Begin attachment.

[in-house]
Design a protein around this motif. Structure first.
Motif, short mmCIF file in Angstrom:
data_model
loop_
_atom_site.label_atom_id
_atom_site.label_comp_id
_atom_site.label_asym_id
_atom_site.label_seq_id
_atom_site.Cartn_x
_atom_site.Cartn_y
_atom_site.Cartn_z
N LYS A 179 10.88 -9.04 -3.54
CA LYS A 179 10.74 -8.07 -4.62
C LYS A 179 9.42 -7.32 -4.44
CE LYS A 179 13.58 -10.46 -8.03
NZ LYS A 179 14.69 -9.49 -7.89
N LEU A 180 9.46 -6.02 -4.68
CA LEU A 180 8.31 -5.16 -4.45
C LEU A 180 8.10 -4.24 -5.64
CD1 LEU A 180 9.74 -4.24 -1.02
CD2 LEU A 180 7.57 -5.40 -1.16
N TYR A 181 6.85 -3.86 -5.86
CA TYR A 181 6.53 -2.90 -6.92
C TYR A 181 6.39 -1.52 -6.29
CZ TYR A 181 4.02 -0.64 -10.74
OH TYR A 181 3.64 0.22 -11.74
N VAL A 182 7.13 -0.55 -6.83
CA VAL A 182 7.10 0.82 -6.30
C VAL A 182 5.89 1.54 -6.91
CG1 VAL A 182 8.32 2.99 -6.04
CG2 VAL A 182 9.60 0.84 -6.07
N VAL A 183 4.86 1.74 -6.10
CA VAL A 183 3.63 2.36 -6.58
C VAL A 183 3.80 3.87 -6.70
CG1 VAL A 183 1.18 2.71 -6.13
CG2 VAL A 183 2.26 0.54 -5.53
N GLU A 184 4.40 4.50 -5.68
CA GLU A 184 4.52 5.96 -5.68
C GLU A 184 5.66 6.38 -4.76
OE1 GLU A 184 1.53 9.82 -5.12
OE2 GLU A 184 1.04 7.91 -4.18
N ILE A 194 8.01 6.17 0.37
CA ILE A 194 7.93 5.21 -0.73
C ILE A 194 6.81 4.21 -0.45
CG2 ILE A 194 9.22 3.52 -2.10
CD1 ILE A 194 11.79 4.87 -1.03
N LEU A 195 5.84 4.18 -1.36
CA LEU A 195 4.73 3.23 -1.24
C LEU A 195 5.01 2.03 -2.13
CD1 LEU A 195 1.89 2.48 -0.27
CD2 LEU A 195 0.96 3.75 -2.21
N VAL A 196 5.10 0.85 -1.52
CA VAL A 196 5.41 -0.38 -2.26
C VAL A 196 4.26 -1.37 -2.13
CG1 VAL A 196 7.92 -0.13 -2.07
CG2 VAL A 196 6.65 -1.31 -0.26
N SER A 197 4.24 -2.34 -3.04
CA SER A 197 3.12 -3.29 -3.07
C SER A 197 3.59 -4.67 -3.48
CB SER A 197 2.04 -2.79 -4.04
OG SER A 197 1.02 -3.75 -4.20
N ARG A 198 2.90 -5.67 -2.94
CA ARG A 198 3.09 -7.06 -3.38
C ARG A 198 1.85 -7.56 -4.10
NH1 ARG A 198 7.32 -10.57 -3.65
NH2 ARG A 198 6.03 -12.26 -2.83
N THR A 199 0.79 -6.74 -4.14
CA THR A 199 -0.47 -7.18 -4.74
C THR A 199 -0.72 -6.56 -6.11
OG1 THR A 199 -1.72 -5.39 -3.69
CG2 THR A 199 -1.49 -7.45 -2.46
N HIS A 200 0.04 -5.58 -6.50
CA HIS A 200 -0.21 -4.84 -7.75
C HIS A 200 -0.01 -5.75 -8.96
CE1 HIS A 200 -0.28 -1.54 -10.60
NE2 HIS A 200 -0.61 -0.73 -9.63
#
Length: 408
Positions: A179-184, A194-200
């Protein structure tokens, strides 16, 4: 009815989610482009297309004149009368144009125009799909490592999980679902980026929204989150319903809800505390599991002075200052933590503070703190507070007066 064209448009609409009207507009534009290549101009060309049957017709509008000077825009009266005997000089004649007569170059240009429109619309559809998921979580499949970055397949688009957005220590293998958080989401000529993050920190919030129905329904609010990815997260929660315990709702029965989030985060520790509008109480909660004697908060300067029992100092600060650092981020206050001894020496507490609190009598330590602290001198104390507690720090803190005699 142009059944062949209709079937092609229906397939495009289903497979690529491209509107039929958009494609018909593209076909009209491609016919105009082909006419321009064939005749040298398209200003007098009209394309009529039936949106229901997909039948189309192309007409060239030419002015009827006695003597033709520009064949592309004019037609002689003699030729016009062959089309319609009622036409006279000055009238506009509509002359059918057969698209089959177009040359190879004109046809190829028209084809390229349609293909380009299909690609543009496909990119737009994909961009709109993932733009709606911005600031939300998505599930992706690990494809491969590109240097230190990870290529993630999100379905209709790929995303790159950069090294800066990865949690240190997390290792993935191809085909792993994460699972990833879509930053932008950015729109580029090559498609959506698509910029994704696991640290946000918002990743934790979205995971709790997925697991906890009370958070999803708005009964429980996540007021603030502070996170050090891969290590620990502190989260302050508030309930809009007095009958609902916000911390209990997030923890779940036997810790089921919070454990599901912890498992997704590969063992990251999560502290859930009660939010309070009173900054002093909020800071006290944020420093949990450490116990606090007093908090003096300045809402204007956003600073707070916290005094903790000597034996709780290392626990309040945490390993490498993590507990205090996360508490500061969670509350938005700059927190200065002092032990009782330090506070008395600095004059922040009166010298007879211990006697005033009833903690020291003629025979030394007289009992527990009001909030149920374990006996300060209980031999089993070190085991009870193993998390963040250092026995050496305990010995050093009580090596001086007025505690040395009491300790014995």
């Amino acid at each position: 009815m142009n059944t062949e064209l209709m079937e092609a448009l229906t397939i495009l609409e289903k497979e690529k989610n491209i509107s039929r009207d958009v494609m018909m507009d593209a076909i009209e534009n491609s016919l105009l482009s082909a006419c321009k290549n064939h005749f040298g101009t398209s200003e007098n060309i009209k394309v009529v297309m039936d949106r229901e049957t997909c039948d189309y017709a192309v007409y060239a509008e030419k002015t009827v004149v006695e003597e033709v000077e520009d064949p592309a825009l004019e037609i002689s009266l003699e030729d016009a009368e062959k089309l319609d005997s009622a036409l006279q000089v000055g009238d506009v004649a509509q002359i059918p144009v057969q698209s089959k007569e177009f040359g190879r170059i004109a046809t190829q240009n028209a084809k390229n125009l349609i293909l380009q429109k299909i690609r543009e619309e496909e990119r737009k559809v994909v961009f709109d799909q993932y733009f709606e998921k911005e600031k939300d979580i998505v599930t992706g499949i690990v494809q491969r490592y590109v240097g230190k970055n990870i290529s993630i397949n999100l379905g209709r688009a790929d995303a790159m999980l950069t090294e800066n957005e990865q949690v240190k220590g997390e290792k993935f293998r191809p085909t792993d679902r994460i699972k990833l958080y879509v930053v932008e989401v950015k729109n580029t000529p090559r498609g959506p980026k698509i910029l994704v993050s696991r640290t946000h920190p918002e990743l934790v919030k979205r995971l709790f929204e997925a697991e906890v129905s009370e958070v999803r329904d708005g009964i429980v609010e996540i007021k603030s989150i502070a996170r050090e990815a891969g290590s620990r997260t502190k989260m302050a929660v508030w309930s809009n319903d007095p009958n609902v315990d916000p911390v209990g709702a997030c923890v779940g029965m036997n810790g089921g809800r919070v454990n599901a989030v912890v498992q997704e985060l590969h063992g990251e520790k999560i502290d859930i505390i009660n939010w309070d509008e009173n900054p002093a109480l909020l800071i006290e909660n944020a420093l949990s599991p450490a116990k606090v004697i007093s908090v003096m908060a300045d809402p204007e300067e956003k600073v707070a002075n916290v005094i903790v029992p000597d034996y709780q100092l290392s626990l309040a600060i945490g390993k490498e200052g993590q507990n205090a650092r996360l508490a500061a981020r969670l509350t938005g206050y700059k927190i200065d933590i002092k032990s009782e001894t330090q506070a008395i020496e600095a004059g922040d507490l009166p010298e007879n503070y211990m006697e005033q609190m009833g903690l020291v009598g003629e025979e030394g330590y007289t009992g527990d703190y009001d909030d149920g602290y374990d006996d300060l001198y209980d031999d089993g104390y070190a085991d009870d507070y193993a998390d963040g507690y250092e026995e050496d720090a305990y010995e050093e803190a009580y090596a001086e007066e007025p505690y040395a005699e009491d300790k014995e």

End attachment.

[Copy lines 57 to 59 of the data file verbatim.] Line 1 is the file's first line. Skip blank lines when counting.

CG2 VAL A 196 6.65 -1.31 -0.26
N SER A 197 4.24 -2.34 -3.04
CA SER A 197 3.12 -3.29 -3.07